query: accountability sessions

colist-admin at comm-org.utoledo.edu colist-admin at comm-org.utoledo.edu
Thu Jul 18 07:42:01 CDT 2002

[ed:  Matthew's query gives us the opportunity to discuss 
confrontational vs. non-confrontational forms of organizing, along 
with the specific tactic of accountability sessions used by many 
groups.  Please copy COMM-ORG with your responses.]

From: "Gladue, Matthew" <gladuem at archspm.org>

Dear colleagues,

I've both read about and witnessed accountability sessions held by 
the local Gamaliel Foundation affiliate, and seen some others in 
other settings.  

On the one hand, I really like them. They obviously allow people to 
shape their own agenda and run a meeting with real results, and, 
when done well, they shift power from politicians to people. I also 
like that they're a little edgy in their tone.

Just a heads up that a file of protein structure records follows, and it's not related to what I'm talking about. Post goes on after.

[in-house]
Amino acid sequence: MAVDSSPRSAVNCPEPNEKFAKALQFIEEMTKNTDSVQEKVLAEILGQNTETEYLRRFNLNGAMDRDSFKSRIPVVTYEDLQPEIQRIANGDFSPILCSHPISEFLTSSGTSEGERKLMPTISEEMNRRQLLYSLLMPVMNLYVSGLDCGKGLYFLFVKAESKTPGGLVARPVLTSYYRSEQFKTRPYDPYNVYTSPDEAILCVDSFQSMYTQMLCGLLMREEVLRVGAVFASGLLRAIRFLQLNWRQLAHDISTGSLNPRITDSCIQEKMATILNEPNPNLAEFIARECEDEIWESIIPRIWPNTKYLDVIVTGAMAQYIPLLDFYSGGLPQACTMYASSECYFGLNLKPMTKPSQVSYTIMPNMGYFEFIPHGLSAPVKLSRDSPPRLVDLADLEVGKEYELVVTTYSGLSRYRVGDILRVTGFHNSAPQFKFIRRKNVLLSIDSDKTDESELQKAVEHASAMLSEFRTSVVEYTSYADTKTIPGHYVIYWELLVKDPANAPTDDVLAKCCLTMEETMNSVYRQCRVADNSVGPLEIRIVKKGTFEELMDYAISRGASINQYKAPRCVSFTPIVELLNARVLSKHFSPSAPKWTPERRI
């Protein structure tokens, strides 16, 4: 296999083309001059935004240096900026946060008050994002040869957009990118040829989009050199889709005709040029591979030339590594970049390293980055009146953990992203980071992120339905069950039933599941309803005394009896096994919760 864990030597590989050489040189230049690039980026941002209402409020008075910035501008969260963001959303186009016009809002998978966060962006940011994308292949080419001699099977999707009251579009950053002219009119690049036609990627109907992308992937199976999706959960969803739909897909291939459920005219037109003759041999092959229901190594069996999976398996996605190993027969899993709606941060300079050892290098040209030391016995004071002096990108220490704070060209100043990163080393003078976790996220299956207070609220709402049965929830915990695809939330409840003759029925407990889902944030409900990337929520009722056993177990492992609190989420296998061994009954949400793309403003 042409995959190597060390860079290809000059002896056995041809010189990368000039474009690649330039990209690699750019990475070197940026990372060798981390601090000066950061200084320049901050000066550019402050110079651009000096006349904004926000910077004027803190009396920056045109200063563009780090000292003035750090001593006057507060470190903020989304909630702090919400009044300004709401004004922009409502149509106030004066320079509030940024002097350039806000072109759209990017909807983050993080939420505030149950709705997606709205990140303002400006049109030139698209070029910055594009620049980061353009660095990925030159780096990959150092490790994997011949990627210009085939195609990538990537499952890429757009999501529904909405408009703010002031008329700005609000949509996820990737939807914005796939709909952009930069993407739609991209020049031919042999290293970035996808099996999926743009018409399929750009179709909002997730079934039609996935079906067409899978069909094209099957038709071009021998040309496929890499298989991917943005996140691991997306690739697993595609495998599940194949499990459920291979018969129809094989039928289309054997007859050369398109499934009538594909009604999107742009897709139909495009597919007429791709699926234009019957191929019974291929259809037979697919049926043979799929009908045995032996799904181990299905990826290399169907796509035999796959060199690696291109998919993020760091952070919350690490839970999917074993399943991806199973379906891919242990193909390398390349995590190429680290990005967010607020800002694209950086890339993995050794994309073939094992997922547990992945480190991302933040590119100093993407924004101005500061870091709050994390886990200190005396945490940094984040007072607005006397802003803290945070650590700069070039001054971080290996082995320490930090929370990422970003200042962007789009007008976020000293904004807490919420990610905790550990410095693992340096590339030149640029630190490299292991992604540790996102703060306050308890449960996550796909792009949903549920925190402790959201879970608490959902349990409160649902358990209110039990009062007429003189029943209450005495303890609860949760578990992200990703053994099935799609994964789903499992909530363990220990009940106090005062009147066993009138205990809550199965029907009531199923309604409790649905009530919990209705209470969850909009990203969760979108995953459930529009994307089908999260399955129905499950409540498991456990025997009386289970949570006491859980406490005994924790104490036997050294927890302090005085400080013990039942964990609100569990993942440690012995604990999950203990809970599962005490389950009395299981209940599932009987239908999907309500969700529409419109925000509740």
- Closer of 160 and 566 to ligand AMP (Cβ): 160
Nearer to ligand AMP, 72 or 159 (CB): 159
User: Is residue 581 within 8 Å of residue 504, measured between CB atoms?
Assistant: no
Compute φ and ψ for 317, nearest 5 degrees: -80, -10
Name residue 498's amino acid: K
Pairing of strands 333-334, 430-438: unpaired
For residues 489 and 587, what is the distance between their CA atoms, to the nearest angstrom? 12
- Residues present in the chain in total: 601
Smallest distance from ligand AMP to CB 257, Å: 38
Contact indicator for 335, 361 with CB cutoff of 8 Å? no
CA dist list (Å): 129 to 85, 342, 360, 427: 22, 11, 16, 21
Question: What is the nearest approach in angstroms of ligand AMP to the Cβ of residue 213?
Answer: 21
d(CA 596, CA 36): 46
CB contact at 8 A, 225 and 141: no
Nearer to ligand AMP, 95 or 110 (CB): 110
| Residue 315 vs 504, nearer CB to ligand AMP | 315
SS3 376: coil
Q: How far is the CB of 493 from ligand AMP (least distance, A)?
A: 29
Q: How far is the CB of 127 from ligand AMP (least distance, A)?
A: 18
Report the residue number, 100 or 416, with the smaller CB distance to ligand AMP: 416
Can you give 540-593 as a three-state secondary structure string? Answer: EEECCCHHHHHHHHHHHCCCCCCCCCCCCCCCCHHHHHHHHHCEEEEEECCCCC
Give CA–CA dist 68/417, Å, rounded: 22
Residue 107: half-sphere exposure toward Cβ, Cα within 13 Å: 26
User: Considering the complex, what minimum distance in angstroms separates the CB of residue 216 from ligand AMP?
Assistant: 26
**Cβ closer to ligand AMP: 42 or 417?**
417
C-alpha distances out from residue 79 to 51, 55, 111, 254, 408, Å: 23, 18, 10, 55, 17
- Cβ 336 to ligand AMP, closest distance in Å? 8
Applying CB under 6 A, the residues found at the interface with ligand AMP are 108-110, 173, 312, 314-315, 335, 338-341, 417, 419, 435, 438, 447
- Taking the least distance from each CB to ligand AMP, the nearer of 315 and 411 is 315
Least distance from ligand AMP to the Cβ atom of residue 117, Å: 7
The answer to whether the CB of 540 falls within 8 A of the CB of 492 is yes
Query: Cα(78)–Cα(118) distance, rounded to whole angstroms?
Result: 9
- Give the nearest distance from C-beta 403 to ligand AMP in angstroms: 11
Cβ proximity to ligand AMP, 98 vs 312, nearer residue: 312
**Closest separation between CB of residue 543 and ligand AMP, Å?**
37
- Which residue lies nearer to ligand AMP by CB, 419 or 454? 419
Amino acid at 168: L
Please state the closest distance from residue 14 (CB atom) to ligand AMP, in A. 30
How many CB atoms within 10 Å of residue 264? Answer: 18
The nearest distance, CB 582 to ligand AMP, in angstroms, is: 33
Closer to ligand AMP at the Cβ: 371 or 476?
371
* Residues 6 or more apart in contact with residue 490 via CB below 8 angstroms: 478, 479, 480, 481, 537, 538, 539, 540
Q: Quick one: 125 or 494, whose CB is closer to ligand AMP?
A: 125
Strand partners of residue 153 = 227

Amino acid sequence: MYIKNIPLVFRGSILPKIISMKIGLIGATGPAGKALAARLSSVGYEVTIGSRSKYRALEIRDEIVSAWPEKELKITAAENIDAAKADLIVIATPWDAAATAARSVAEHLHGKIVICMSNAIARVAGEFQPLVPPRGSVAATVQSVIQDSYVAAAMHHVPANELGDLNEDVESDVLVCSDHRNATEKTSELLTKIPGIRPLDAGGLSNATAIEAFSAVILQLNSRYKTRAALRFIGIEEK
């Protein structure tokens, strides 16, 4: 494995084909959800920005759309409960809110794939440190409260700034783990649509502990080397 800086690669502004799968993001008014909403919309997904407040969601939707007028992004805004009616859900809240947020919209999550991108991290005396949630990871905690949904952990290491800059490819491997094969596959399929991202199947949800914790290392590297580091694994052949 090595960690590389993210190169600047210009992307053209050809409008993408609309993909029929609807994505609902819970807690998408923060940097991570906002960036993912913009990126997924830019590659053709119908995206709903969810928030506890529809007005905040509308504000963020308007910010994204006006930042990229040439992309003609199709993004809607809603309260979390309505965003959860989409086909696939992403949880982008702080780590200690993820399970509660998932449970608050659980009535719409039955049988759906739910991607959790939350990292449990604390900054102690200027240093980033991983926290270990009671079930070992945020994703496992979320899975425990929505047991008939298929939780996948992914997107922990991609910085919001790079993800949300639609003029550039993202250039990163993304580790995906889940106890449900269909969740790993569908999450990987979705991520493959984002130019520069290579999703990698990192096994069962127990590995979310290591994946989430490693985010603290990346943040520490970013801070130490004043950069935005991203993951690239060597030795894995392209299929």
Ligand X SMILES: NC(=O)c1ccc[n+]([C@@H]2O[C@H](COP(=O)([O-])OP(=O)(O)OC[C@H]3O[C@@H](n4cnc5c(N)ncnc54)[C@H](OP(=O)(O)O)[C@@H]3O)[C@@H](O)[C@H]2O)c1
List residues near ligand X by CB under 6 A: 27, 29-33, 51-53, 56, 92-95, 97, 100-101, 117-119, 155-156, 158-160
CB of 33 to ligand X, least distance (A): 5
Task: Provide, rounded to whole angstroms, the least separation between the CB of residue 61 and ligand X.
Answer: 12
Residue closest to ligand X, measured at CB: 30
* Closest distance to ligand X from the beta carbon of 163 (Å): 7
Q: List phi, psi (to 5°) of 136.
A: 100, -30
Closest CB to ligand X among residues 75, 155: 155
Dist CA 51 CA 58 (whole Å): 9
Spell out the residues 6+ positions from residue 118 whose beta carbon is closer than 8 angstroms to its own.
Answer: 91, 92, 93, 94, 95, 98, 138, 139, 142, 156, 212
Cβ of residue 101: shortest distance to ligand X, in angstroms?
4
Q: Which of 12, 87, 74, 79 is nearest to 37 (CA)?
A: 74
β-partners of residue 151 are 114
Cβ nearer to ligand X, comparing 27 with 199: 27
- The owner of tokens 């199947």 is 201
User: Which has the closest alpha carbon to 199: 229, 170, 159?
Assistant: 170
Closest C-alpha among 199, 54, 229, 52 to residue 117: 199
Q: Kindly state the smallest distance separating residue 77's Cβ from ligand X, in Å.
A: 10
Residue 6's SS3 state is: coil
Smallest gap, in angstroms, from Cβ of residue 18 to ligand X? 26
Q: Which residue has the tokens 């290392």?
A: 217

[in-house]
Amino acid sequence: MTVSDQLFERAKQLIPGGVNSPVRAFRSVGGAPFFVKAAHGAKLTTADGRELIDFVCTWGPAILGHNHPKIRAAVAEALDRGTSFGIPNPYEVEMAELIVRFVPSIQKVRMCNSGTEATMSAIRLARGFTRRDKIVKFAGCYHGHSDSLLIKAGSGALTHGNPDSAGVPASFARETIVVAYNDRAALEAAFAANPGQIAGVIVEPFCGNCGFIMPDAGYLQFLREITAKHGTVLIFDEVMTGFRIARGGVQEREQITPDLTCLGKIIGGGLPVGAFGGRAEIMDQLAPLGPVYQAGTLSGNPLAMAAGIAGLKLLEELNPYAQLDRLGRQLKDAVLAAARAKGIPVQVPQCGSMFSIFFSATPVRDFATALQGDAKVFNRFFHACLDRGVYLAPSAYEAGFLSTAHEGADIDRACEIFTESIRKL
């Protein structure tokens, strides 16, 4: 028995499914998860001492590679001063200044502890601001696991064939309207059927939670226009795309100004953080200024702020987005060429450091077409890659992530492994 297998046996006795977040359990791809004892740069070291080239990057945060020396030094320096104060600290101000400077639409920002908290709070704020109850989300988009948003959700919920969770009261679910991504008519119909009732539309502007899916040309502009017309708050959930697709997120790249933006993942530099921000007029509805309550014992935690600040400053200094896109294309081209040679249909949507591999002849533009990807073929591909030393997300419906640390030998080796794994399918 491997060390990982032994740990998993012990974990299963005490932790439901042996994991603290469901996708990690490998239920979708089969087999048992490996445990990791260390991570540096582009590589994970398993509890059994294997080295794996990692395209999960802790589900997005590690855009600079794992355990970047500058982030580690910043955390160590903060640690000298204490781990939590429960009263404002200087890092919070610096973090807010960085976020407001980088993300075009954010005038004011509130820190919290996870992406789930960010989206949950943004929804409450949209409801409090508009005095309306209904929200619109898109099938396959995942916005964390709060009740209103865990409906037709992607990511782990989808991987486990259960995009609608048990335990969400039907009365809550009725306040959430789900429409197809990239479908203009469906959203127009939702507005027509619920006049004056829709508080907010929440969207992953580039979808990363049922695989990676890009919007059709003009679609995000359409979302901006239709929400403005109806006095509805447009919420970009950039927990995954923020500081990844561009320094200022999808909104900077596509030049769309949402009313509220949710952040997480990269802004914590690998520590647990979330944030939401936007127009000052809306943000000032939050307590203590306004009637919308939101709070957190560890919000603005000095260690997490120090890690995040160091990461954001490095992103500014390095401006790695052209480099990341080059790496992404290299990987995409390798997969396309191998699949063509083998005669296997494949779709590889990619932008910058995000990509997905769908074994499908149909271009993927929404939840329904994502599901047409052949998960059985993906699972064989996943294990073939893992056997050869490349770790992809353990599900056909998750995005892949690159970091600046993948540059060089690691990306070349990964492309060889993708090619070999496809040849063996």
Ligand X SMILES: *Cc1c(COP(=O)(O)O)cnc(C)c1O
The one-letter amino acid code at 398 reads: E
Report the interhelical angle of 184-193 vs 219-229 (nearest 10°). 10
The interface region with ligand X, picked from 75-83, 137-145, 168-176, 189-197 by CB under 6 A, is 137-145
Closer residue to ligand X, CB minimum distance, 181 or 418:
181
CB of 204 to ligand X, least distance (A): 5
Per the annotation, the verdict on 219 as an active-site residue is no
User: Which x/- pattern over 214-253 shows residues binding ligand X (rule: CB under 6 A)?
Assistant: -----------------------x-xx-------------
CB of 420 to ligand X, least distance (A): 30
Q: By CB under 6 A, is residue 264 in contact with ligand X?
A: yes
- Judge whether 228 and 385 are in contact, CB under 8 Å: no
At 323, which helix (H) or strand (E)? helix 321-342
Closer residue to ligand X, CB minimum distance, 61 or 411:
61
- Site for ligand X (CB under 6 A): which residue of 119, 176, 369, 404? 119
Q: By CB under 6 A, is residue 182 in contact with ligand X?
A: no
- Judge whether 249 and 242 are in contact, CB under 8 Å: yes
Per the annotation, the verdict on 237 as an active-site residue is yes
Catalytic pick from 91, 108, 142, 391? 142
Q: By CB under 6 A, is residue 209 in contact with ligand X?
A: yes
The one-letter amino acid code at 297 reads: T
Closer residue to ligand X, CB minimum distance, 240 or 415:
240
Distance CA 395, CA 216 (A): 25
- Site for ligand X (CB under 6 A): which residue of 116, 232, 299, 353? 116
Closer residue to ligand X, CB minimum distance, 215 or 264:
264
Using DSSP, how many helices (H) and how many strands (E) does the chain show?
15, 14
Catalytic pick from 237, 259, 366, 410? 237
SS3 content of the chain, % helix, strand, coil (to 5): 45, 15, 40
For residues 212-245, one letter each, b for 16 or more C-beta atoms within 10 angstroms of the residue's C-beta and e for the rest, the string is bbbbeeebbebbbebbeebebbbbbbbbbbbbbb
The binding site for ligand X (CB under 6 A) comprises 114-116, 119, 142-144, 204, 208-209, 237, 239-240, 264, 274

On the other hand, the few I've witnessed have adamantly adhered 
to a "hard pin" strategy, in which decision makers are coerced into 
one word "yes" or "no" responses, and only have the microphone 
after they've agreed to an organization's demands.   

I understand the reasoning behind it--it keeps leaders from losing 
control of a meeting. I'm wondering, though, if you and your leaders 
have ever created an accountability session that included more 
opportunity for dialogue without losing control of the group's ability 
to hold an elected official accountable.  

I'm looking forward to peoples' responses. Take care.

Matt Gladue
Office for Social Justice
Archdiocese of St. Paul/Minneapolis

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